Sometimes we think too small. Sometimes we get stuck in the details. We lose sight of the big picture. Our bodies are composed of matter as is everything around us. Sometimes we forget that just like our body has many parts, we are part of a larger body. Many days I feel we are focused on our separateness rather than the whole we are a part of.
Author and pastor, Rob Bell suggests that in the modern age, we have become fixated on the individual. Our culture idolizes the “rugged individualist.” The TV show “Survivor” celebrates the winning individual. The Miss America pageant searches for the ideal individual female to represent American beauty. “American Idol” pits talented individuals against each other in an effort to determine the most talented.
Many in America have been frustrated with the inability of Congress to work together to function in a way that best serves our country. Unfortunately, our political system is based on competition rather than cooperation. Competition does not encourage unity. Our forefathers wisely noted that unified power can often be destructive so when they designed our government, they built in checks and balances to prevent consolidated power from running amok.
We have become focused on our differences, and instead of respecting those differences, we have built walls around ourselves to protect ourselves from the other. We have become contemptuous of those who think and act differently than we do. We have allowed partisan politics to divide and separate us into groups focused solely on survival of the group. We have ceased to see others as members of the whole body, and instead, we view them as threats to our well being.
Imagine if our body systems began to fight against each other? How long would we survive if our nervous system was at war against our circulatory system or our digestive system was at war with our immune system? Those suffering from auto immune disorders are painfully aware of what the war between systems does to their body. We have bodies composed of systems, and we are a part of a larger body. We are members of a family, a neighborhood, a city, a state, a country, a world. If we stay stuck at an individual or group level we may make the mistake that we can and should survive apart from the whole instead of as part of the whole.
I think we have forgotten our membership in a body much bigger than political parties. We have forgotten we are American citizens with rights and responsibilities to the whole system. Our country also operates as part of a world body. Some leaders think that we should adopt a policy of isolation and focus solely on the needs and wants of Americans. I can see where there might be times when that strategy is wise and makes sense. When you get sick, your body has a way of slowing you down and forcing you to pay attention to the system which is out of order and needs healing. But staying at home in bed permanently would be a path to death, not life. Sometimes we need to focus solely on our own families to ensure that the individuals in it are healthy and thriving. Sometimes we need to band together to solve community issues. When this happens, we are more concerned with our own community than the one down the road. I think America has a well deserved reputation for helping out countries in need. And sometimes we help to the detriment of our own citizens.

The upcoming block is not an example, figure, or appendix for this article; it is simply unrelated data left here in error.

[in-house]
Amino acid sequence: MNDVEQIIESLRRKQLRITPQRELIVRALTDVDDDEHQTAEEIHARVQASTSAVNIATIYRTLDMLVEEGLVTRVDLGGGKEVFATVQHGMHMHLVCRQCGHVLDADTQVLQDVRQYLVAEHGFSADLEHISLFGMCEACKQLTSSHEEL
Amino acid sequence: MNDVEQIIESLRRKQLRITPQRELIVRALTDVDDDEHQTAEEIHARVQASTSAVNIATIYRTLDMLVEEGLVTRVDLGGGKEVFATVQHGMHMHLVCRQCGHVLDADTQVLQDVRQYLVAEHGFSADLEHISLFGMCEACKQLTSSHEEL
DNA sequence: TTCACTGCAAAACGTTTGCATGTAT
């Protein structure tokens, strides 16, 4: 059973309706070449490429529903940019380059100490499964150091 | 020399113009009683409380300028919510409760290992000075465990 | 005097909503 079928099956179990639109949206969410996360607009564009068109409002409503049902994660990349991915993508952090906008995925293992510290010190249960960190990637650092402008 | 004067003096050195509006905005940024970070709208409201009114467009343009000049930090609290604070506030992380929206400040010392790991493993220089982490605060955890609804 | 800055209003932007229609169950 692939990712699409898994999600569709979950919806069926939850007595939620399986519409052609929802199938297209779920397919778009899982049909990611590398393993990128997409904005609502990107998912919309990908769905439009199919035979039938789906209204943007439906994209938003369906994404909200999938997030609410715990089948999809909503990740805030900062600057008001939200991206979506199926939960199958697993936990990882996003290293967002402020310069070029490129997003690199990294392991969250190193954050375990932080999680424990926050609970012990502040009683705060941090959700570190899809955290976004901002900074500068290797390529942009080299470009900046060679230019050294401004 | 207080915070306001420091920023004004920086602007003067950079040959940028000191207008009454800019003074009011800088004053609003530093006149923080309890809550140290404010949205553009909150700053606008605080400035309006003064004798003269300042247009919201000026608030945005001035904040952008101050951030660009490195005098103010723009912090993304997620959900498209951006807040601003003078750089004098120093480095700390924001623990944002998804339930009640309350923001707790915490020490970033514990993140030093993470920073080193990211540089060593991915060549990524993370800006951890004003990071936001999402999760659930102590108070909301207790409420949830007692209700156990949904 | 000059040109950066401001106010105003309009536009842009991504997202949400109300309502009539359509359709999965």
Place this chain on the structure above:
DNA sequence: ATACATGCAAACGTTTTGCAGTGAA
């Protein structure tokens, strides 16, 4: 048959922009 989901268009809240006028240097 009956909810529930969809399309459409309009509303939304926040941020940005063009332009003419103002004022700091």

What I am suggesting is that for systems to work well, there needs to be balance. Instead of focusing on the destruction and elimination of a system within a body, we need a thorough examination of what is working and what is not working within our systems. We cannot afford to isolate ourselves and focus solely on how we are affected. We must recognize the whole. We must not insist on our own way. We must realize that different members of our system require different things in order to function properly. If our country is to move forward, we must change our focus and shift our viewpoint to adjust for a much wider range than the needs of only ourselves, only our neighborhood, only our community, only our state, only our country. We are members of a much larger body. We need to think bigger, not smaller.
Now let’s refocus a little closer to home. Change begins with us. We cannot expect our country’s leaders to cooperate and get along when we cannot get along with our family members or our neighbors. We have to stop pointing our fingers at each other insisting that the other is what is wrong with America. We are a country of others. We have to begin working with individuals before we can work with groups. And we must work with other groups before we can fix systems. Ignoring each other or bashing each other keeps our focus small and leads nowhere. We can choose to be gracious toward one another or we can choose self-righteousness. But the choice is ours. We have to stop assigning blame and start working together. Or we can keep doing what we’re doing and we’ll keep getting the same result wondering what’s wrong with people. If we want true change, we must be willing to change ourselves.